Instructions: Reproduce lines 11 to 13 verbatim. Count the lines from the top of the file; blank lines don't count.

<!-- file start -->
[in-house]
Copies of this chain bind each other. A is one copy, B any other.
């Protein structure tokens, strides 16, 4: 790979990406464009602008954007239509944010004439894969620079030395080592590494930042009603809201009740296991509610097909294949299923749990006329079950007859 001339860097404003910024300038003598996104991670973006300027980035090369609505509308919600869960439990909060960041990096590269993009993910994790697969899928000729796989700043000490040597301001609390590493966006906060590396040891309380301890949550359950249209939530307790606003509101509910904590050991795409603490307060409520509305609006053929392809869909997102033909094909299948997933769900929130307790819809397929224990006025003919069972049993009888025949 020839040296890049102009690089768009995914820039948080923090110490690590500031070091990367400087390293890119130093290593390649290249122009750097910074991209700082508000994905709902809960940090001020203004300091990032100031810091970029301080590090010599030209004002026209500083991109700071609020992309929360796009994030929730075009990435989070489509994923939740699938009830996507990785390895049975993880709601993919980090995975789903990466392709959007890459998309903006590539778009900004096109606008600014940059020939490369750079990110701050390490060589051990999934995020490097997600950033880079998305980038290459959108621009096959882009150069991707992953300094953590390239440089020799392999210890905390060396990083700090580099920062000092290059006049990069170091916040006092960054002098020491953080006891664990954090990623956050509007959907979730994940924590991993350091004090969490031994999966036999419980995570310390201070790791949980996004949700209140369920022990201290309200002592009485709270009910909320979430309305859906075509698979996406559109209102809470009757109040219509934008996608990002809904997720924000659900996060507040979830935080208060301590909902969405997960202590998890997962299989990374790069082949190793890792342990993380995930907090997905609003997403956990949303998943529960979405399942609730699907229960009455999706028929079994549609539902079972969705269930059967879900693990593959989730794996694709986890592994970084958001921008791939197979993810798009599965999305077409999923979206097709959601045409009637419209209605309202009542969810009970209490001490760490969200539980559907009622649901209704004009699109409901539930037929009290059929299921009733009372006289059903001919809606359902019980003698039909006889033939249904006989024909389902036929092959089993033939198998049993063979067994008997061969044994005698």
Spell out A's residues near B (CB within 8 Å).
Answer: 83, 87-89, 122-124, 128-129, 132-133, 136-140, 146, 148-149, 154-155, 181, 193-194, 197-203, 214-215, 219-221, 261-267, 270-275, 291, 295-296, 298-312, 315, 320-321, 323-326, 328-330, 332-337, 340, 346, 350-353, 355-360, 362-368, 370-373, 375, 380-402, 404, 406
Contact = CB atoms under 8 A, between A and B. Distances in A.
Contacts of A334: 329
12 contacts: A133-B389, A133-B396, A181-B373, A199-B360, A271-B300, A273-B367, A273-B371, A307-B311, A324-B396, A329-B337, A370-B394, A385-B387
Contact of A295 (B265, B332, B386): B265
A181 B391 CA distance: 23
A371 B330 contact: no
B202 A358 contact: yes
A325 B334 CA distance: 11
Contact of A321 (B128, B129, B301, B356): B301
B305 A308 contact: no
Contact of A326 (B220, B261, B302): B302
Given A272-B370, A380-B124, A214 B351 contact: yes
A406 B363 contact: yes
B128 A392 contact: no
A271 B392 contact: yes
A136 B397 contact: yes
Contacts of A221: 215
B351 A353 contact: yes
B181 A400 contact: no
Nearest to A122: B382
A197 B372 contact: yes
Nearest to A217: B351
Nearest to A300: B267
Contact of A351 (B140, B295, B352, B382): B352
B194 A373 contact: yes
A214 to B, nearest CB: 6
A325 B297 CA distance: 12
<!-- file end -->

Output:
A371 B330 contact: no
B202 A358 contact: yes
A325 B334 CA distance: 11